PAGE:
Now, I had to take huge exception to being “called out” in that manner. What we do at, we do for love. Expenses are out of pocket, and I personally spend many nights scrambling around the city, covering shows and events, to make sure that upcoming New York hip hoppers receive their shine on a respectable, professional platform that my team and I sacrifice areas of our lives to painstakingly build.

You know. Just like some of you artists do.

So I immediately replied to OTiS CLaPP, telling him that I did indeed listen to his project as I said I did, and that I simply chose not to post about it. To prove it, I let him know which songs I remember liking and which I didn’t, and I let him know I thought that phone call skit was too long.

I was polite, but firm. I let it be known it’s not cool to make me feel obligated.

To his credit, OTiS CLaPP has a great sense of humor and is a very cool and humble guy. He immediately insisted he was more teasing than being serious, that he completely understood my position and he vehemently apologized.

I accepted of course. No harm, no foul.

Since then, we’ve spoken several times, and I’ve seen him perform on many occasions. We’ve posted up some of his work since then, and recently, I personally got involved with one of his projects in a different manner, producing a track from his latest mixtape, Welcome Home Ralphie, a 15-track project, dedicated to brother Ralphie’s release from prison.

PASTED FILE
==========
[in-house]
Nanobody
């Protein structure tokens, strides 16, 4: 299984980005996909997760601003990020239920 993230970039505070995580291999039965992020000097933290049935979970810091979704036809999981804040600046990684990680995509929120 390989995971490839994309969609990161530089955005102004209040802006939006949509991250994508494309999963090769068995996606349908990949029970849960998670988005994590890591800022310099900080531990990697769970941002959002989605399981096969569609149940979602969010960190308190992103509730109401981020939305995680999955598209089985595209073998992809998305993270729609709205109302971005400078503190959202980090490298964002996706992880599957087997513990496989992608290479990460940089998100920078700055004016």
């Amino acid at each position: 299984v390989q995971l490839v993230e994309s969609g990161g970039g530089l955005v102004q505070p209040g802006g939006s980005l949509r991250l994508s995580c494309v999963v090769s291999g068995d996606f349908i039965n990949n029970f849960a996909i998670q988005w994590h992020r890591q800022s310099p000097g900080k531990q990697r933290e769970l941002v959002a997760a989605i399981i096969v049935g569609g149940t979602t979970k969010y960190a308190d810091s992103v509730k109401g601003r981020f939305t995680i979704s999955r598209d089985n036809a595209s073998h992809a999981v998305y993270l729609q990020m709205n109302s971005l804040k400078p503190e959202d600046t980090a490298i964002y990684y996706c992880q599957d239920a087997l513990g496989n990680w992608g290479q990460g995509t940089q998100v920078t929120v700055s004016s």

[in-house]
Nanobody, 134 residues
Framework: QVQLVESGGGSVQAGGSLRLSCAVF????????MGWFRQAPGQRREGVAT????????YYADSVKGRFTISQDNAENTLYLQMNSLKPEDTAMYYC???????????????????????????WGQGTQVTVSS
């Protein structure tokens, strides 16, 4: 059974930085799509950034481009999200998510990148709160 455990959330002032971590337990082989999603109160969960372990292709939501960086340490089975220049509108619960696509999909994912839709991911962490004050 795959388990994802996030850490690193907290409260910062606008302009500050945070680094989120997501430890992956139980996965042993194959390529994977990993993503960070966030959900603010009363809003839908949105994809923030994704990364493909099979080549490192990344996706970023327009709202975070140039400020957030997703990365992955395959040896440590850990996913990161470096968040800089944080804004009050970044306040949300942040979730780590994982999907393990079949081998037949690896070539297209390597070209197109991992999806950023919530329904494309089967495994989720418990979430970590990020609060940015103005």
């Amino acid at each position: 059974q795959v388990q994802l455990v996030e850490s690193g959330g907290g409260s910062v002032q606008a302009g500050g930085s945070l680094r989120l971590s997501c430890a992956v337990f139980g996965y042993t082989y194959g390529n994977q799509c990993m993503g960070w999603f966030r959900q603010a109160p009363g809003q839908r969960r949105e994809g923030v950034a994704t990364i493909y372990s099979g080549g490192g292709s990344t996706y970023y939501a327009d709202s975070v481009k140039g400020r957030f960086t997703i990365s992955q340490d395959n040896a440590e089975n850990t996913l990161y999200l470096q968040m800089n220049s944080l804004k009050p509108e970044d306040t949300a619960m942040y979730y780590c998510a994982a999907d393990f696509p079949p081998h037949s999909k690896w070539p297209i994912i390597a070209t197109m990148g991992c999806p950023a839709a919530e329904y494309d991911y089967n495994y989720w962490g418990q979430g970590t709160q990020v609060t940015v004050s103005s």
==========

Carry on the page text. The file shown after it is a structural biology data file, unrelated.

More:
(There’s my disclosure.)

The track I supplied is very moody and dark, and fits nicely with OTiS CLaPP’s vibe, particularly how he wrote and delivered it.

I thought it was the best I’d heard from him.

I was pretty confident that my contribution would be a standout.

I was wrong.

OTiS CLaPP - Welcome Home Ralphie CoverWhen Welcome Home Ralphie dropped, I listened to it in its entirety. It is a very solid project, well orchestrated, good beat selection, strong features and a couple of really standout tracks.

When we spoke at a recent event, I told him I had listened to it twice, mentioned one or two songs I remember liking, and promised I would get back with more detail.

(He’s probably wondering why I didn’t, but I don’t think he’ll call me out on it.)


Anyway, I realized after speaking to him that the fact is, this is about more than just OTiS CLaPP. This is about the relationship between the hip hop “media” and underground artists, particularly on my New York Metro beat.

I was an artist once. I can understand how it’s nice to see that a blog or publication site, especially the larger ones with great readership, put up your song or video.